For decades, automation has been on the rise in the American workplace as manufacturers outsource tasks to robots. Some people see this automation as a negative force. After all, they reason, if robots replace too many humans, people will have a harder time finding work.
There’s no doubt automation is changing the workforce, but the changes aren’t all bad. For example, when robots perform routine tasks, employers can invest more human expertise in not-so-routine tasks — in jobs that only humans can do.
Take bridges, for example. Our nation has more than 617,000 of them. Each one must be tested for stability every two years. New bridges must be inspected, too. For bridge inspectors, the most time-consuming aspects of the job can also be the most routine and repetitive.
State inspection departments are saving time by using camera-equipped robots to gather data about bridge health. This approach gives human inspectors more time to do what robots can’t do — analyze and respond to data while also completing more nuanced inspection methods.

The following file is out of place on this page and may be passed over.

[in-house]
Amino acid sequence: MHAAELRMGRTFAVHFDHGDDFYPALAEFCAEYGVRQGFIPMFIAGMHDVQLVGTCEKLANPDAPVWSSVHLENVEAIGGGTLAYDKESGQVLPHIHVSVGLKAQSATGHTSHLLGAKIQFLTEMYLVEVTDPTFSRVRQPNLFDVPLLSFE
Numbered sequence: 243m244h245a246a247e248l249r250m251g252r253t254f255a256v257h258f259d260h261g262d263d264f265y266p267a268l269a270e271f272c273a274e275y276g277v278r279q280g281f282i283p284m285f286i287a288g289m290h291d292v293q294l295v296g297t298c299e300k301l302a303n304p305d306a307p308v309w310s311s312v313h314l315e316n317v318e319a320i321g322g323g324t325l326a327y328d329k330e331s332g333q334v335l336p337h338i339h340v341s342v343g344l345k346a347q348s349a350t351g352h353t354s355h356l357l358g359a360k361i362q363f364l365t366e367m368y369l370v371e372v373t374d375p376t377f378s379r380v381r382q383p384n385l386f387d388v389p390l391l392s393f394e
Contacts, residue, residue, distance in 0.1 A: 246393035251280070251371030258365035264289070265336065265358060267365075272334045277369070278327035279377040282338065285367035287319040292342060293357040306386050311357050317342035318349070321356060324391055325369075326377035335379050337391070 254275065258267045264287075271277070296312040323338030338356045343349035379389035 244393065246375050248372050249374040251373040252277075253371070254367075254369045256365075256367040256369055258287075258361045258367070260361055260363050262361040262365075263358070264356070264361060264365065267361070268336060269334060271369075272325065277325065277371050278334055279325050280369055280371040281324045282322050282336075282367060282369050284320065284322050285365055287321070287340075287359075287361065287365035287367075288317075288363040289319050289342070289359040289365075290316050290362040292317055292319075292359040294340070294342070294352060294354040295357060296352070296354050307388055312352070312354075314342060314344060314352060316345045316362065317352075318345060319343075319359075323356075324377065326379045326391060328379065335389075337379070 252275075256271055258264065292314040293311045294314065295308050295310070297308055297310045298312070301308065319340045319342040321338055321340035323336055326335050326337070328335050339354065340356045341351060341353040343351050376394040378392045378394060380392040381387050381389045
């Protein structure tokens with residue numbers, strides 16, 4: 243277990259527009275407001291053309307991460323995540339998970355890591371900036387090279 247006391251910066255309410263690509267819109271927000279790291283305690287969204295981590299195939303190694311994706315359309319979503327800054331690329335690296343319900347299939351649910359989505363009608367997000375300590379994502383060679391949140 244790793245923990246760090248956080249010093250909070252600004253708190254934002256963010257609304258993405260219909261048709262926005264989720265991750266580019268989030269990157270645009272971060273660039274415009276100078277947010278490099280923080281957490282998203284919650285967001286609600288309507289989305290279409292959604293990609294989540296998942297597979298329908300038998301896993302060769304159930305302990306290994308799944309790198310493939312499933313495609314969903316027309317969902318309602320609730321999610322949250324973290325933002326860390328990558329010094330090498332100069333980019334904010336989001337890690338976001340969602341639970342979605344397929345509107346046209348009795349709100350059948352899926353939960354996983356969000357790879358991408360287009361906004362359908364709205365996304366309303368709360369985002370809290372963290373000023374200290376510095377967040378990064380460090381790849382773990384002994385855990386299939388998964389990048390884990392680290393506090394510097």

Builders use this strategy, too. Rather than tying up human hours to draw chalk lines, robots can print floor plans onto a foundation — with precision within 1/16-inch.
And, within InfraStripe, we have invested in the Limntech Automated Layout System for marking highways. This innovative system harnesses on-board and cloud-based GPS to target and paint new stripes on pavement.
Technology may never match human intelligence. Most professions will always include complex and nuanced tasks that only human hands, and human brains, can perform. But when technology can perform routine tasks, people can benefit.
When you think about it, technology has been changing the workforce for longer than we can remember. For example, did you know the 19th century British workforce included human alarm clocks? It’s true. Back then, you could hire someone to knock on your window to wake you up on time.
Eventually, that’s a job we turned over to phone operators, alarm clocks, cell phones, and whatever comes next.